We expect transits to start later this evening. It is still not clear if any vessels might be prioritized for passage. Current backlog should be cleared within four days.
We currently do not know the exact ETA of our affected vessels, but we will do our utmost to optimize the rotations in order to minimize potential bottlenecks at ports and terminals.
Please be assured that we are tirelessly working 24/7 to keep the impact on our customers as low as possible. We will keep you regularly updated about the further developments.
The BOC Blasts 403 – Canada Border Services Agency Assessment and Revenue Management Project – coming soon!
Canada Border Services Agency Assessment and Revenue Management Project – coming soon!
The CBSA Assessment and Revenue Management (CARM) project is a multi-year initiative that will transform the collection of duties and taxes for goods imported into Canada. Through CARM, the CBSA will modernize and streamline the process of importing commercial goods.
Once fully implemented, CARM will:
• simplify the overall importing process.
• provide a modern interface for importing into Canada.
• give importers self-service access to their information.
• reduce the cost of importing into Canada.
• improve consistency of compliance with trade rules.
The implementation of CARM is structured in a series of releases. The Accounts Receivable Ledger (ARL) was the first phase of the CARM project. For details on ARL, consult the Commercial payments and accounts section of our website.
Read more about the CARM features and on how to prepare for the CARM initiative.
CARM Release 0: January 2021
The existing ARL system will be moved from its current data centre configuration to the more robust SAP S4/HANA system. External users of the system will not experience any change. Importers’ Daily Notices may be delayed a few days during the implementation of Release 0 for Electronic Data Interchange (EDI) clients.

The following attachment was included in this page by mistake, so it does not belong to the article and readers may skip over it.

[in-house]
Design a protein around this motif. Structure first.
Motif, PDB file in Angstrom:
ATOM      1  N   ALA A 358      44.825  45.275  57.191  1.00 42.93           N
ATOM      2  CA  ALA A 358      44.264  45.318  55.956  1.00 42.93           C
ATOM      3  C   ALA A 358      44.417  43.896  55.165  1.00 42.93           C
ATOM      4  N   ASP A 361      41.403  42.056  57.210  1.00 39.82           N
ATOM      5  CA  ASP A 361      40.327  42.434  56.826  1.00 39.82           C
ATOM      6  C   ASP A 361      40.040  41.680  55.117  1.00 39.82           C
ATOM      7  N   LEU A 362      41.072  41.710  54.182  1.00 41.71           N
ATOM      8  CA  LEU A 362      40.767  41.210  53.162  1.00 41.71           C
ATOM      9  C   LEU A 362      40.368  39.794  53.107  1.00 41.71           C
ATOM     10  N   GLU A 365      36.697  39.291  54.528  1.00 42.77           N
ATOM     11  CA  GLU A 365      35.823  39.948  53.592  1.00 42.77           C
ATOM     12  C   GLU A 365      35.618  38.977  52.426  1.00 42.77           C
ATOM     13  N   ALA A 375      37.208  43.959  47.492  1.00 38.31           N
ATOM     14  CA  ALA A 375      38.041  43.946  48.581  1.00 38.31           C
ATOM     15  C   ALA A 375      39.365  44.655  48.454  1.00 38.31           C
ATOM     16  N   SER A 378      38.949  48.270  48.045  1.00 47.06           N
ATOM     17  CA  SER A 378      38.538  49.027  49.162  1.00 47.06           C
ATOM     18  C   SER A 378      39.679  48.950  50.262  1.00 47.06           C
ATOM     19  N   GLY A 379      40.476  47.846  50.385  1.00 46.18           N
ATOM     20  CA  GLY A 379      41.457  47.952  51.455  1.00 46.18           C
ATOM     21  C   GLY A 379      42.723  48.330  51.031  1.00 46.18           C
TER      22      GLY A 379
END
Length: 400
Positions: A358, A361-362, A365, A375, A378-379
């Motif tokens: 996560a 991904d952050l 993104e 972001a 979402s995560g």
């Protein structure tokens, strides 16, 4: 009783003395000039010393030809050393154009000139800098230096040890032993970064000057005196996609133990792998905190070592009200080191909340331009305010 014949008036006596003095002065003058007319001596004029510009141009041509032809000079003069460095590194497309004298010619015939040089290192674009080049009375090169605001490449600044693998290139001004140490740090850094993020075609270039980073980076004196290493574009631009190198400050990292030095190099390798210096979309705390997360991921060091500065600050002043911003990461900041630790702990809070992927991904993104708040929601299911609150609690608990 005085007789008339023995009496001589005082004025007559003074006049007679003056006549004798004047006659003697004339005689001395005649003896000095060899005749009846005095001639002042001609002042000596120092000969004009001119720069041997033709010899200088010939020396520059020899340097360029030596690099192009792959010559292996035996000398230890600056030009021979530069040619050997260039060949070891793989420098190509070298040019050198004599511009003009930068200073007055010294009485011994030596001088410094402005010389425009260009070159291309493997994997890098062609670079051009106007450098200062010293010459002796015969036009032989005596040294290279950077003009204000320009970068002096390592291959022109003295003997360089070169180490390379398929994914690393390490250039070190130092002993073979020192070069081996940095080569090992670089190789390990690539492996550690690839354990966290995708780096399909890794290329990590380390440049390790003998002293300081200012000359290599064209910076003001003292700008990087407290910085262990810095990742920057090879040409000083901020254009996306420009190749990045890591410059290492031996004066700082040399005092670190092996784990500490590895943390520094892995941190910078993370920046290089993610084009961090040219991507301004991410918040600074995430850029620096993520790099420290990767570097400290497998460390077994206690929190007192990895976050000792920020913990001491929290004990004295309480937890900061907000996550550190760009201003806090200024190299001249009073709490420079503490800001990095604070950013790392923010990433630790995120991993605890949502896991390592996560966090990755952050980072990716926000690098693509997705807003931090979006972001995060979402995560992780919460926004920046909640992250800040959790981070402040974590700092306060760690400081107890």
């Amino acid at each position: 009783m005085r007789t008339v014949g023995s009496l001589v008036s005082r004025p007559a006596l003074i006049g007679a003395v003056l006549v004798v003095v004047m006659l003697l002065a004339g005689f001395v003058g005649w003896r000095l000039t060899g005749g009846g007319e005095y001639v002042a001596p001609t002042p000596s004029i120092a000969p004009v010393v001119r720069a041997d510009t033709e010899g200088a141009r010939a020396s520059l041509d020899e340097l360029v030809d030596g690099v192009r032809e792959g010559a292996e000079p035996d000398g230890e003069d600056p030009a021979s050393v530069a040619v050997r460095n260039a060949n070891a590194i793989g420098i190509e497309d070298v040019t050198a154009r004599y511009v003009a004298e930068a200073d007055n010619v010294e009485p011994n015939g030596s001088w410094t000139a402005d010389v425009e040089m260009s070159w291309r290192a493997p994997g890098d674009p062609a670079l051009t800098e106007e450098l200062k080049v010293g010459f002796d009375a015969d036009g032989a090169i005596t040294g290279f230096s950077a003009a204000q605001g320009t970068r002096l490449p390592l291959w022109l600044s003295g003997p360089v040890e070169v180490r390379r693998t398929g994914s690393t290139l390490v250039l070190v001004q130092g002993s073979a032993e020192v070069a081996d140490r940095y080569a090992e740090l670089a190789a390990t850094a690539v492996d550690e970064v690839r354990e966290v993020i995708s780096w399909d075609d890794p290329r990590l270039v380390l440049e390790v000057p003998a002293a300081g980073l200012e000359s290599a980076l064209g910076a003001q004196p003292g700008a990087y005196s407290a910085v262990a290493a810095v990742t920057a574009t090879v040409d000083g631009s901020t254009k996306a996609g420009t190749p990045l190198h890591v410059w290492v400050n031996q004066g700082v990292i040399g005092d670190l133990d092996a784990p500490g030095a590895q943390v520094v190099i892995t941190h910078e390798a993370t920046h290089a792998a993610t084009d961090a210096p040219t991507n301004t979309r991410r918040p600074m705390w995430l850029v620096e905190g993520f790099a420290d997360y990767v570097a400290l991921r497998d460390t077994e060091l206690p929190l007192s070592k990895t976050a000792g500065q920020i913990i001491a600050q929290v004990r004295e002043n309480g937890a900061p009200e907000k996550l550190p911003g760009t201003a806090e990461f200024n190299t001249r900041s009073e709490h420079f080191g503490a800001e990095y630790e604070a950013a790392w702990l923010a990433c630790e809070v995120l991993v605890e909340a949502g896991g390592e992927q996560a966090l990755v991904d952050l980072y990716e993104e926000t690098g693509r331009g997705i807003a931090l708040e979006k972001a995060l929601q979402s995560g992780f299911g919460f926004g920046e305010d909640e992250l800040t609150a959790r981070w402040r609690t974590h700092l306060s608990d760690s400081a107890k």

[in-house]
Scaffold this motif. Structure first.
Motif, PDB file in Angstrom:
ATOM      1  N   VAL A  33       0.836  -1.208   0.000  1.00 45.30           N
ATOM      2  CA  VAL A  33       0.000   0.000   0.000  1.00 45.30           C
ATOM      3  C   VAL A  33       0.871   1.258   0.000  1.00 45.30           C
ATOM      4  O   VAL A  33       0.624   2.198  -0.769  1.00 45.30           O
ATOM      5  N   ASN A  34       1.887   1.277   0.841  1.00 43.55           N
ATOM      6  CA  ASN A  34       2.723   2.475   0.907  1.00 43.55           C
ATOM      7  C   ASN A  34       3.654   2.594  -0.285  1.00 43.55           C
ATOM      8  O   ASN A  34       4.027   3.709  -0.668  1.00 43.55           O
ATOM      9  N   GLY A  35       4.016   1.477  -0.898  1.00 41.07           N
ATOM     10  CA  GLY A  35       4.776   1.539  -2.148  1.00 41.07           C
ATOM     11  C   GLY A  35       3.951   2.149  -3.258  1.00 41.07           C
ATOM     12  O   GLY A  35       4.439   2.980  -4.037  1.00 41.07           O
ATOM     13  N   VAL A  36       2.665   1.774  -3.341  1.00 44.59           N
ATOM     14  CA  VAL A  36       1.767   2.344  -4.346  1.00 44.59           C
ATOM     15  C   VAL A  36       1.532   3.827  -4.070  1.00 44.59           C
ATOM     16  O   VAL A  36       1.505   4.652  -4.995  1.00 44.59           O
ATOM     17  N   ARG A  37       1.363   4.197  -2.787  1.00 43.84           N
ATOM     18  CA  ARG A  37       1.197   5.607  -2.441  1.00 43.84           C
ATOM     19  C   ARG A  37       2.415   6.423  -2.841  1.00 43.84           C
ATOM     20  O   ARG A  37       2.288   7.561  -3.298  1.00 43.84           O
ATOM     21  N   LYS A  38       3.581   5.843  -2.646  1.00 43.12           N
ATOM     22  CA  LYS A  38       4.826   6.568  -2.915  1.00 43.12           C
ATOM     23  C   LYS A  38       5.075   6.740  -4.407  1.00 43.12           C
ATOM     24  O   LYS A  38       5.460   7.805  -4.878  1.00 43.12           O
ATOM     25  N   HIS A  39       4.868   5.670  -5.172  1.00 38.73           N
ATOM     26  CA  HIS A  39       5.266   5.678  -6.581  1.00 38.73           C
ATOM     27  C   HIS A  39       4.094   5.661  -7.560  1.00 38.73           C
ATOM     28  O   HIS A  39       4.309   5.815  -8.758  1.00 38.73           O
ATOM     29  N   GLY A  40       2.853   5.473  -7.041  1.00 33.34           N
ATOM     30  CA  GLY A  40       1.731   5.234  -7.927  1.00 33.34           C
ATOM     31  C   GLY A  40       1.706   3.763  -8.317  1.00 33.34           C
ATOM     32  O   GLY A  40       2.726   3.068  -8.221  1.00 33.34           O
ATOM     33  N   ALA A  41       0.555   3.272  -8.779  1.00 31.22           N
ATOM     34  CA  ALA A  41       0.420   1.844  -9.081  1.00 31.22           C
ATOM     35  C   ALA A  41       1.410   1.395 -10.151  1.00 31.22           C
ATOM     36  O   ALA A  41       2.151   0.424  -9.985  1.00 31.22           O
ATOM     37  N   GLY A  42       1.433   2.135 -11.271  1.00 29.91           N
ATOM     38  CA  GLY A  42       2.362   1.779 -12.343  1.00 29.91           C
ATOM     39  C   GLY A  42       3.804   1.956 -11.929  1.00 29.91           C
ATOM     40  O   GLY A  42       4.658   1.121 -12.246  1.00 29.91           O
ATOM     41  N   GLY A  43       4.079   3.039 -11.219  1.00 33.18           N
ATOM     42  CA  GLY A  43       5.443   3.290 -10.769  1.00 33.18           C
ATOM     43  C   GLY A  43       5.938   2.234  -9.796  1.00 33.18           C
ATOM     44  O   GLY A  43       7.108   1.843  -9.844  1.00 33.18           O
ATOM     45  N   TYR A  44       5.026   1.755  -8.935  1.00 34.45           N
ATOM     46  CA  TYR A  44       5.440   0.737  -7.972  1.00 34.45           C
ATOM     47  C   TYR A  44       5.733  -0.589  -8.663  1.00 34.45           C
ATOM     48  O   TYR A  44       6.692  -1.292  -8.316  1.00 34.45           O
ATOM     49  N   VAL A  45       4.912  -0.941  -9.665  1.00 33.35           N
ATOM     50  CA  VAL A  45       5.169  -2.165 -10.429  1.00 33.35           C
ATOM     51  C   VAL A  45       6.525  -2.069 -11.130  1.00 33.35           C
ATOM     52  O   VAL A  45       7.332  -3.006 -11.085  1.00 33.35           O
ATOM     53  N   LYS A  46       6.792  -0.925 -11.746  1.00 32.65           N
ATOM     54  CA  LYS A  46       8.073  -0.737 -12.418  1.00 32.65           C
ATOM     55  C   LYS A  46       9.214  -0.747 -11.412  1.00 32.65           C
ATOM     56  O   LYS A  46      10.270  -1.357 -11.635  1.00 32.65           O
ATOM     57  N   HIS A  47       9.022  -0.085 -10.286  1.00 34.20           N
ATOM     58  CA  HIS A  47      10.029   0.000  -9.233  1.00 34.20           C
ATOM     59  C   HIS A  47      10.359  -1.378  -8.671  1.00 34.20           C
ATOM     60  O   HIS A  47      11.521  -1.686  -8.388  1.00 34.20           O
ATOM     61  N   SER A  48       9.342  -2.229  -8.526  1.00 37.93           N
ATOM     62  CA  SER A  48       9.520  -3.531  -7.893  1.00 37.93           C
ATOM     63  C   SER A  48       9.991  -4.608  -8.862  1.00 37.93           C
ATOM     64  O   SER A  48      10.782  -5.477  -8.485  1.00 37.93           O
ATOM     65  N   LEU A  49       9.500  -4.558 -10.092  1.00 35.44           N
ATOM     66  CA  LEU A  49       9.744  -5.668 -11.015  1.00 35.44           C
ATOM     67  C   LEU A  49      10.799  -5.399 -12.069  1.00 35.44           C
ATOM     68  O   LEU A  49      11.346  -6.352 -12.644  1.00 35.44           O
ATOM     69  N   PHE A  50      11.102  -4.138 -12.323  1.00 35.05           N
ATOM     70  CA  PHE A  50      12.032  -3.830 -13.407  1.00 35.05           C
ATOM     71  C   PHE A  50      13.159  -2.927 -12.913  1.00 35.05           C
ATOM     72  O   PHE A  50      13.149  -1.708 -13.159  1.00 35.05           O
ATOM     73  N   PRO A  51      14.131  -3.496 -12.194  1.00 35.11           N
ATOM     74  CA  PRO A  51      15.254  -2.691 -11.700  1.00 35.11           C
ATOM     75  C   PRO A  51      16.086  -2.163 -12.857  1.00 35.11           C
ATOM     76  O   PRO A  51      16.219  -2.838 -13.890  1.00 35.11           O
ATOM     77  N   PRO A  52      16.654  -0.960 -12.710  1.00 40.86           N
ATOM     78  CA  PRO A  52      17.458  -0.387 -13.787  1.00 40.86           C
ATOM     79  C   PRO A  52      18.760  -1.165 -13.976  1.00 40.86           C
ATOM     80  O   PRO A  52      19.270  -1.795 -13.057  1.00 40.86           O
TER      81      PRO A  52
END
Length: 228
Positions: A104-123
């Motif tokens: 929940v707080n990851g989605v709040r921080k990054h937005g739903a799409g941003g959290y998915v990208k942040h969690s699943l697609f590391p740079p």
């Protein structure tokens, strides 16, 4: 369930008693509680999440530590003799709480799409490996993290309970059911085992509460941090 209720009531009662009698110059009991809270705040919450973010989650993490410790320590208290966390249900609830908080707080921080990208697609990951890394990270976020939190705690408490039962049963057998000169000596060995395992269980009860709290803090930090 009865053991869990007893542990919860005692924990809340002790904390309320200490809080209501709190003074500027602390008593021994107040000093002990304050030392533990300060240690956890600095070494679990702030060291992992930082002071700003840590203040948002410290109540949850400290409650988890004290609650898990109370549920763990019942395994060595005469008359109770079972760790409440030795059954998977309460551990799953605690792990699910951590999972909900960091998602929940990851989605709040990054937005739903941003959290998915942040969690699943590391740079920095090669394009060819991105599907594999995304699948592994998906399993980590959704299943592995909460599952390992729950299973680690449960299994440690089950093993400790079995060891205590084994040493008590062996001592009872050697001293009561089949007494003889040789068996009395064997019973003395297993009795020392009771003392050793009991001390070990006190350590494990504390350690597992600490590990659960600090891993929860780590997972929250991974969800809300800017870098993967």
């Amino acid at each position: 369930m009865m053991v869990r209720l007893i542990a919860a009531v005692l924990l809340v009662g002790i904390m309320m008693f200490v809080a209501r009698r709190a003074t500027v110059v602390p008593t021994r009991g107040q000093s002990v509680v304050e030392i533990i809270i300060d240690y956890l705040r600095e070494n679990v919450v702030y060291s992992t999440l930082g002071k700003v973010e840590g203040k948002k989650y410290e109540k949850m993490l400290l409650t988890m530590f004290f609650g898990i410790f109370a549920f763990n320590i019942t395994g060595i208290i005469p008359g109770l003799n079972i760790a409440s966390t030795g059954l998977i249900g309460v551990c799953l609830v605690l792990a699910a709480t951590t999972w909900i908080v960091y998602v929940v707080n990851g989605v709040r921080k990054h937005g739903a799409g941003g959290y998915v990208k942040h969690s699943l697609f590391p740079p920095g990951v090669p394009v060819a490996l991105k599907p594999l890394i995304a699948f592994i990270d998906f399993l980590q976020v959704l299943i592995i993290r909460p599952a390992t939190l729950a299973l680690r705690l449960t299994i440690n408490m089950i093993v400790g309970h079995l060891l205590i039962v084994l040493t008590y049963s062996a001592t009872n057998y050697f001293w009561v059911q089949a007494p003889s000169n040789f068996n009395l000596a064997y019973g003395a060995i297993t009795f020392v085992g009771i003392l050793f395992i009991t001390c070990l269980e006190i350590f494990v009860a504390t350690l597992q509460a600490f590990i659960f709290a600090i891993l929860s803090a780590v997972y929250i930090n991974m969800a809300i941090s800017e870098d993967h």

CARM Release 1: Spring 2021
Release 1 will launch the CARM Client Portal, a self-service tool to facilitate accounting and revenue management processes with the CBSA.
CARM Release 2: Spring 2022
Release 2 will expand on the functionalities of the CARM Client Portal.
Join the CARM GCcollab group, an online forum for the trade chain community, where members can access the latest communications materials related to CARM. To join, simply create a GCcollab account and make a request to join the CARM group.
For questions about the CARM project and/or to register for future CARM-related communications, contact CARM Engagement (email@example.com).
CBSA has also established a Trade Chain Partner Working Group, whose members continue to receive information on the CARM project.
Vestager to examine competition in red-hot container market
By Louise Wendt Jensen, Astrid Sturlason – Published: 08.03.21 at 14:59, ShippingWatch.com
EU Competition Commissioner Margrethe Vestager now plans to scrutinize the extreme situation unfolding in the global container market together with the industry. The EU will subsequently “consider ways forward,” a spokesperson tells ShippingWatch.
The European competition authorities will now – together with the industry – examine the current conditions in the global container market. Conditions that have so far been criticized by both US and Chinese authorities.